Newly constructed homes in the eastern flatlands of unincorporated Boulder County must meet stricter fire-resistant requirements after Boulder County commissioners voted to approve changes to the county’s building code Thursday.
Commissioners unanimously voted to adopt amendments that aimed to protect homes from fire in the grassy plains of the county that have not seen many devastating wildfires but are now at risk as fire seasons grow longer and become more devastating because of climate change.
“We’re in a different reality now. It’s so critical we learn from these things and I think this code is a proactive, preventive way to do things,” Commissioner Matt Jones said.
Building permits submitted on or after June 6 must meet the new requirements. Existing homeowners are not required to make any changes.
Under the new requirements, which were sparked by the disastrous Marshall fire, new homes, garages and sheds must use ember-resistant roof venting, noncombustible gutters and at least 3 feet of space between the home and any combustible material, such as wooden fence or shrubs. Homes must also use class-A roofing that reduces the likelihood that embers ignite the interior of a home.
Unlike in the mountainous, forested part of the county where a dense stand of burning trees can ignite homes, windborne embers become the “hardest to manage” in the grassy plains, Ron Flax, deputy director of community planning and permitting for the county said.
During the Marshall fire, U.S. 36 proved ineffective in halting the fire’s advance, highlighting the extreme threat that embers pose. The fire destroyed more than 1,000 homes and buildings.
“We know that we are going to have grass fires again. The question is: what do we do to increase the likelihood that similar events are not going to cause the same level of catastrophe that (the Marshall fire) caused?” Flax said.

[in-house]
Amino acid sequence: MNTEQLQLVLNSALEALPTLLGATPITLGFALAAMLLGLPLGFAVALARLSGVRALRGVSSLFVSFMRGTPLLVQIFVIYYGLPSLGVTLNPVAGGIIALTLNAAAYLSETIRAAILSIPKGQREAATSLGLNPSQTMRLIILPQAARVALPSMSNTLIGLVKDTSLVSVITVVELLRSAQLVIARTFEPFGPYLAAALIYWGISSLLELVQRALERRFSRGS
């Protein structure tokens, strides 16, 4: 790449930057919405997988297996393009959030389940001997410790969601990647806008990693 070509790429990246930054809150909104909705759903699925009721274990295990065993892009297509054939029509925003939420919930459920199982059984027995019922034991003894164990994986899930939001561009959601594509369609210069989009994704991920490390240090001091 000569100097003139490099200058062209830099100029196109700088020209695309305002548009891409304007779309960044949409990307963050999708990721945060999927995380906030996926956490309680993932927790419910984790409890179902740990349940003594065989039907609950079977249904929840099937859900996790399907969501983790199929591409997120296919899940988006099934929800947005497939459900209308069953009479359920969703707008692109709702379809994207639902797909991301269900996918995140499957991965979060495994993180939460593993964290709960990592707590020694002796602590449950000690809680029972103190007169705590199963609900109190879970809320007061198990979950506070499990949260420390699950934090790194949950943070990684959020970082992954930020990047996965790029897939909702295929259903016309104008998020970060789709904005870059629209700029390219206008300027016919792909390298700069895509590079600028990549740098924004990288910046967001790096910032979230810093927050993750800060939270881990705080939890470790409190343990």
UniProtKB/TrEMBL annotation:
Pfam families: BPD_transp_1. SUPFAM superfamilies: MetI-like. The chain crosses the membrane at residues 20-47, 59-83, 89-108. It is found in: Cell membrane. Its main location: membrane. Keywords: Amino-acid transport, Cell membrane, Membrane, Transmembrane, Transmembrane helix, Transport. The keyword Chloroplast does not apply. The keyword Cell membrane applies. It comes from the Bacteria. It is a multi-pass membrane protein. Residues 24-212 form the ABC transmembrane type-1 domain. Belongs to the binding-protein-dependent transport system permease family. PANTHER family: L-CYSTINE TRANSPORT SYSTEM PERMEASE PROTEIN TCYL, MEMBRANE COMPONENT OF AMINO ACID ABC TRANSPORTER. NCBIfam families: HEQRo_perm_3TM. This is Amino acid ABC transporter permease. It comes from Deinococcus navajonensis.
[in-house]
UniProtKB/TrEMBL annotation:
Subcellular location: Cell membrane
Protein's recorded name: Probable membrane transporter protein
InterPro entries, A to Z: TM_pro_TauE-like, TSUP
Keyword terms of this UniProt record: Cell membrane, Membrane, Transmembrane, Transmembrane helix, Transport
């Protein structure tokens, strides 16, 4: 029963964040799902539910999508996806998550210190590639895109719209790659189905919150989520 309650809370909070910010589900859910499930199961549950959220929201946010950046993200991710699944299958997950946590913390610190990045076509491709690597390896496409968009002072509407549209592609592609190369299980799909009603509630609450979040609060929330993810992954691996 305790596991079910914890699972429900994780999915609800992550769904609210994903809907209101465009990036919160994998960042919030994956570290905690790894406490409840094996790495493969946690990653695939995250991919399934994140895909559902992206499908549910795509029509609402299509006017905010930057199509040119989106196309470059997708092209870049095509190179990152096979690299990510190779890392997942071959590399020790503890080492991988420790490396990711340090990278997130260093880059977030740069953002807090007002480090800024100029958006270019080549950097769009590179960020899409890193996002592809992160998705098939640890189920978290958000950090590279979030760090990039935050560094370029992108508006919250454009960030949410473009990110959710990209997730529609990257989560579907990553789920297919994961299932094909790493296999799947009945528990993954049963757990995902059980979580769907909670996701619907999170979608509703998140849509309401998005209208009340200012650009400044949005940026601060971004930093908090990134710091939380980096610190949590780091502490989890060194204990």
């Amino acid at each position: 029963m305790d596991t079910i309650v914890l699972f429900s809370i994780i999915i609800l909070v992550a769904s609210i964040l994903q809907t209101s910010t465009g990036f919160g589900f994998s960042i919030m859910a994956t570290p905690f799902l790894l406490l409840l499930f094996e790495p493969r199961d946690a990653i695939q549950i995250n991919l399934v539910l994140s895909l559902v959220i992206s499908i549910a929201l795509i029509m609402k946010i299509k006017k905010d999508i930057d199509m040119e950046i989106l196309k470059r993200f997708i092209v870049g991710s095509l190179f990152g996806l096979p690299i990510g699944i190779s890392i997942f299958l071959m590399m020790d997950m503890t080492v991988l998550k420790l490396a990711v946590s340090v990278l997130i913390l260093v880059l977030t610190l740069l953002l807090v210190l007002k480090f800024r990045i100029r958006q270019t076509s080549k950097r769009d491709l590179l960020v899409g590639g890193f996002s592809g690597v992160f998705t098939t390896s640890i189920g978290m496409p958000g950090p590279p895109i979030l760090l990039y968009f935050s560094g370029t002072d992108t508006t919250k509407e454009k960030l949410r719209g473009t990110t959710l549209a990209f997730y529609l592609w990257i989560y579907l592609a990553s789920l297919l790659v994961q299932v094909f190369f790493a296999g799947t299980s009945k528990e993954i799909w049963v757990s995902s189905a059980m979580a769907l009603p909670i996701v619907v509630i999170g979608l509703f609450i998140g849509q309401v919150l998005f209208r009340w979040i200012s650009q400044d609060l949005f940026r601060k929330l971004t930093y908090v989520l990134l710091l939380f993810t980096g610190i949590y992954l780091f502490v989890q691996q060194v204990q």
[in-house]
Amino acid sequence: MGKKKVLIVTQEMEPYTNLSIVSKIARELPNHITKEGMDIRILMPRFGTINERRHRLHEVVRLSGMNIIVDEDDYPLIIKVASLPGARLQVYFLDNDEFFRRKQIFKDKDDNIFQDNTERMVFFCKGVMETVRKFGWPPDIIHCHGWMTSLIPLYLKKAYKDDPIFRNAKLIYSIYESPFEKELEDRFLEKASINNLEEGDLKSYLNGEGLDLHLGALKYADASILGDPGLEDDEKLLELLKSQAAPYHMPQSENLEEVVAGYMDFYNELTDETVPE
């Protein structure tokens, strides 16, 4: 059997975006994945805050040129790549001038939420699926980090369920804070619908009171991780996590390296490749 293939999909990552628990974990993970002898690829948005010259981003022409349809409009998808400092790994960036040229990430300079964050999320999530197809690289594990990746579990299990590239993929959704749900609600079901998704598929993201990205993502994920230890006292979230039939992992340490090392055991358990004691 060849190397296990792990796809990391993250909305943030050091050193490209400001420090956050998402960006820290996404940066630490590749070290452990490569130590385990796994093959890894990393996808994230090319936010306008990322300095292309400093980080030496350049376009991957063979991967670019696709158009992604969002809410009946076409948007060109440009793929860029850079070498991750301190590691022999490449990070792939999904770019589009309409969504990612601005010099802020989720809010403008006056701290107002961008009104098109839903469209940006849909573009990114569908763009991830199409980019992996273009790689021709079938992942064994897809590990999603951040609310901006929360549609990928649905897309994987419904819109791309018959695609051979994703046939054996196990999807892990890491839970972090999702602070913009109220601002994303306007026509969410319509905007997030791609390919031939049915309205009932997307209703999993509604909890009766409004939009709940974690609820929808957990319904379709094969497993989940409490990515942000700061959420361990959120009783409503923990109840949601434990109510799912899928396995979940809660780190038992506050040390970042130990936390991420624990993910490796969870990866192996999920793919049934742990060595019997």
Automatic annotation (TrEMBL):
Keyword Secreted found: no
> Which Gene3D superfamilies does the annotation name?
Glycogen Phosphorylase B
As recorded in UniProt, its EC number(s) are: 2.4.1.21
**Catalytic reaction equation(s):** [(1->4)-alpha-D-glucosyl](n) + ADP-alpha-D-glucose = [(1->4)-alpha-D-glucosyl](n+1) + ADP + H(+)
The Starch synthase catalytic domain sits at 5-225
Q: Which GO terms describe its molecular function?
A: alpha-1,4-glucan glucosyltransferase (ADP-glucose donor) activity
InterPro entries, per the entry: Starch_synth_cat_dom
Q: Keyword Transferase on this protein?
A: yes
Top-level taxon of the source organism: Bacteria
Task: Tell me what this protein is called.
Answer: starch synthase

County staff conducted a survey of building material costs from local suppliers in February, which showed that homeowners could save money in many instances by buying ignition-resistant materials, Abby Silver, community planning and permitting wildfire specialist for the county, said.
Many of the fire-resistant materials required under the new codes are more durable and have a longer life cycle, she added.
For years, strict fire-resistant requirements were in place for houses in the foothills of unincorporated Boulder County. The new requirements, which are similar but less stringent than those required in the foothills, apply to homes built in unincorporated eastern Boulder County and do not apply to any cities or towns.
No residents presented concerns or questions about the requirements during the public comment portion of the meeting.
The adoption of new requirements comes after a statewide measure to impose stiffer construction standards for homes built in wildfire-prone parts of Colorado failed in the Senate earlier this week, leaving the issue up to local jurisdictions to regulate.
The statewide proposal would have created a board tasked with developing statewide building standards homes nestled along the edge of forestland.
“My hope is that by Boulder County taking this action that more counties that are here on the plains — who never thought that they would have this kind of incredible destruction — will follow us, and maybe this is a pathbreaking action of ours that can set a new standard and perhaps encourage the legislature to take the step that they need to take,” Commissioner Claire Levy said.
“This is something we all need to do together to keep each other safe, protect firefighters and keep costs down.”